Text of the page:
40 Accounting skills for your CV

You know what they say, money makes the world go round, and when you’re going to be handling financial matters for a business, you need to prove you’ve got what it takes.

You need to showcase your most relevant and impressive skills on your CV.

But how do you narrow it down?

Well, you can  start with our guide below, outlining the top 40 accounting skills you need for your CV, complete with real-world examples.

 

 

 

Essential accounting skills

skills

To get you started, there are some essential skills that can help you in any accounting or finance-related roles and these include:

  • Bookkeeping – e.g. “Managed daily bookkeeping operations, including accounts payable and receivable, bank reconciliations and payroll processing”
  • Invoicing – e.g. “Trained 10 new employees on how to conduct effective invoice processing”
  • Accuracy – e.g. “Reviewed all monthly financial statements to ensure accuracy, reducing errors by 55% over a 12-month period”
  • Communication – e.g. “Clearly and confidently communicated annual budget proposals to 15 senior staff and directors for review”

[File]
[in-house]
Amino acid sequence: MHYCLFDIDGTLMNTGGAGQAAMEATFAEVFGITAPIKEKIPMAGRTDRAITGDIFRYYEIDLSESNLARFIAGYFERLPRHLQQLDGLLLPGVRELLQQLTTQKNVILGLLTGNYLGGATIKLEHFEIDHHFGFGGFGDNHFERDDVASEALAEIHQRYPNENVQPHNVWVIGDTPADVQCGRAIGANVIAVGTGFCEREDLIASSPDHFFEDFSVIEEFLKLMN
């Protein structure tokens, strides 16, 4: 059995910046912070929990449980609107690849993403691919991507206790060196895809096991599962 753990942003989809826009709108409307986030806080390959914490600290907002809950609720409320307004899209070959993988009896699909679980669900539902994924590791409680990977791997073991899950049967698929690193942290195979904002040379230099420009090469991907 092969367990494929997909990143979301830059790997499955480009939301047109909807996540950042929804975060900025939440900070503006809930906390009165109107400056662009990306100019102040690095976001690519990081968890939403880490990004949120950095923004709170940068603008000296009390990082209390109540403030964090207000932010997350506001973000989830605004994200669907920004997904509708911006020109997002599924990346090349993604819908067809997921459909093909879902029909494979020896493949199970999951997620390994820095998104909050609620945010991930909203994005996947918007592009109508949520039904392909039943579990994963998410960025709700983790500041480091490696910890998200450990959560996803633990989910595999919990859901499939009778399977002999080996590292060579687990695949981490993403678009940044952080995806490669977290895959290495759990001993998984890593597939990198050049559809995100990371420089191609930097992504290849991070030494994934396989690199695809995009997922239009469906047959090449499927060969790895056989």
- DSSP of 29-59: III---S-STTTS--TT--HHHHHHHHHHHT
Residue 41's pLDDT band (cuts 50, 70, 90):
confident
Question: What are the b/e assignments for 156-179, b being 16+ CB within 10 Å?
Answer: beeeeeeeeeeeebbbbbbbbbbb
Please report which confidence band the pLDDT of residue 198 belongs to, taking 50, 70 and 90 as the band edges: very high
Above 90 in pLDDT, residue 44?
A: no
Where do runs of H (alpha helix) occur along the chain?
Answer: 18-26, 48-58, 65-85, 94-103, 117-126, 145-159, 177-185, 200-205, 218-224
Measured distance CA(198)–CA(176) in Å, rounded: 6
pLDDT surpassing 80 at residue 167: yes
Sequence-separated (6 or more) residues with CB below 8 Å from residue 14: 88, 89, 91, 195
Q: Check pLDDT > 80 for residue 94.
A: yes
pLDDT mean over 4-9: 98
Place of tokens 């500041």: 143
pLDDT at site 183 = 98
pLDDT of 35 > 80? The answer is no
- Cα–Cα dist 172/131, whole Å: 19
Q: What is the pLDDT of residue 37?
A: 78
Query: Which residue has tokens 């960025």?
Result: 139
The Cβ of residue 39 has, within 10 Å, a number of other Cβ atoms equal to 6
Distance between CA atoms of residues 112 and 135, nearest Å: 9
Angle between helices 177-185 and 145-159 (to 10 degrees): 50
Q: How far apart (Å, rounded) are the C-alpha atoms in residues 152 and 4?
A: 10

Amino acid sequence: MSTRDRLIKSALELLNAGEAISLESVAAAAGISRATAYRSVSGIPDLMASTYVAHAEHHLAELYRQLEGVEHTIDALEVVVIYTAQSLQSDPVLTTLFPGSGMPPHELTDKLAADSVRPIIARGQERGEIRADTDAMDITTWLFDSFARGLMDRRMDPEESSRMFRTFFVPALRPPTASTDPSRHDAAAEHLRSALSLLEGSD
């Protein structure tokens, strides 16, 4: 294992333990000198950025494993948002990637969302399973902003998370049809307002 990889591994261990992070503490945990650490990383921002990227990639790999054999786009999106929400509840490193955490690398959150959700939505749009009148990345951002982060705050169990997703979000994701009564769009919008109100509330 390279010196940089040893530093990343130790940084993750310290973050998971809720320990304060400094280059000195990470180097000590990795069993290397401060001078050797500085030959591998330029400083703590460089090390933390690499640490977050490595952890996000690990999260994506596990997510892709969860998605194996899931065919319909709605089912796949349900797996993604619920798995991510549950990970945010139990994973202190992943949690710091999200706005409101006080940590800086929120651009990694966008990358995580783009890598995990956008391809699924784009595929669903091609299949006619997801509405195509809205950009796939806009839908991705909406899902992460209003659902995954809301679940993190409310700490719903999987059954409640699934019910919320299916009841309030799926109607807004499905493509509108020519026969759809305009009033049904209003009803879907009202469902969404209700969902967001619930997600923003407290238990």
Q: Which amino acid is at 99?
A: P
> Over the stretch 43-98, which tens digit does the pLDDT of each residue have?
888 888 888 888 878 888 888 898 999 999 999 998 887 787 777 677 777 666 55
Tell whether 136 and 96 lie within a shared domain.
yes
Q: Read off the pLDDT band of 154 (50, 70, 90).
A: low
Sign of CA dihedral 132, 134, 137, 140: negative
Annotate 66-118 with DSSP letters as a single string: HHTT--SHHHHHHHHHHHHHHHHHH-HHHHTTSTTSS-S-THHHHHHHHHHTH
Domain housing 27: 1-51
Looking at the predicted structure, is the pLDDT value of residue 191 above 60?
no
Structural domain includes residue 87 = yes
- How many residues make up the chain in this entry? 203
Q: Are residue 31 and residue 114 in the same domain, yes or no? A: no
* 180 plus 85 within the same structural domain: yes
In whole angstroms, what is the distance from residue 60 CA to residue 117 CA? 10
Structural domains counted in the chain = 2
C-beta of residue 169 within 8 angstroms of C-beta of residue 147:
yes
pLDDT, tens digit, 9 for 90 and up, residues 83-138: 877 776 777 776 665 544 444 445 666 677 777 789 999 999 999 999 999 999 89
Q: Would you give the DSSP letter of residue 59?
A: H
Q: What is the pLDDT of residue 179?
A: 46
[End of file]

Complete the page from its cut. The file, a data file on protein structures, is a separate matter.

• Payroll – e.g. “Proactive accountant with 3 years experience in weekly payroll and accounts payable for a small independent retailer”
  • Teamwork – e.g. “Worked closely with the digital marketing team to secure and sign a £2.5m advertising deal across premium digital screens throughout the UK”
  • Organisation – e.g. “Organised and reliable accountant with 10 years of experience working for SMEs and independent businesses”
  • Data security – e.g. “Introduced new password, authentication and data encryption processes to protect data as more accounting professionals adopted a hybrid working style”
  • Accounting software – e.g. “Utilised QuickBooks to streamline data entry and manage business finances”
  • Compliance – e.g. “Arranged and participated in quarterly compliance training sessions for the accounts team to ensure everyone was up to date on the latest procedures”

 

 

Bookkeeping skills

skills

Bookkeeping skills help you to stay on top of financial records and understand what’s coming in and going out. These are some of the specific bookkeeping skills you might include on your CV:

  • Numerical skills – e.g. “Performed up to 100 financial calculations every day to help the company monitor expenses and profits”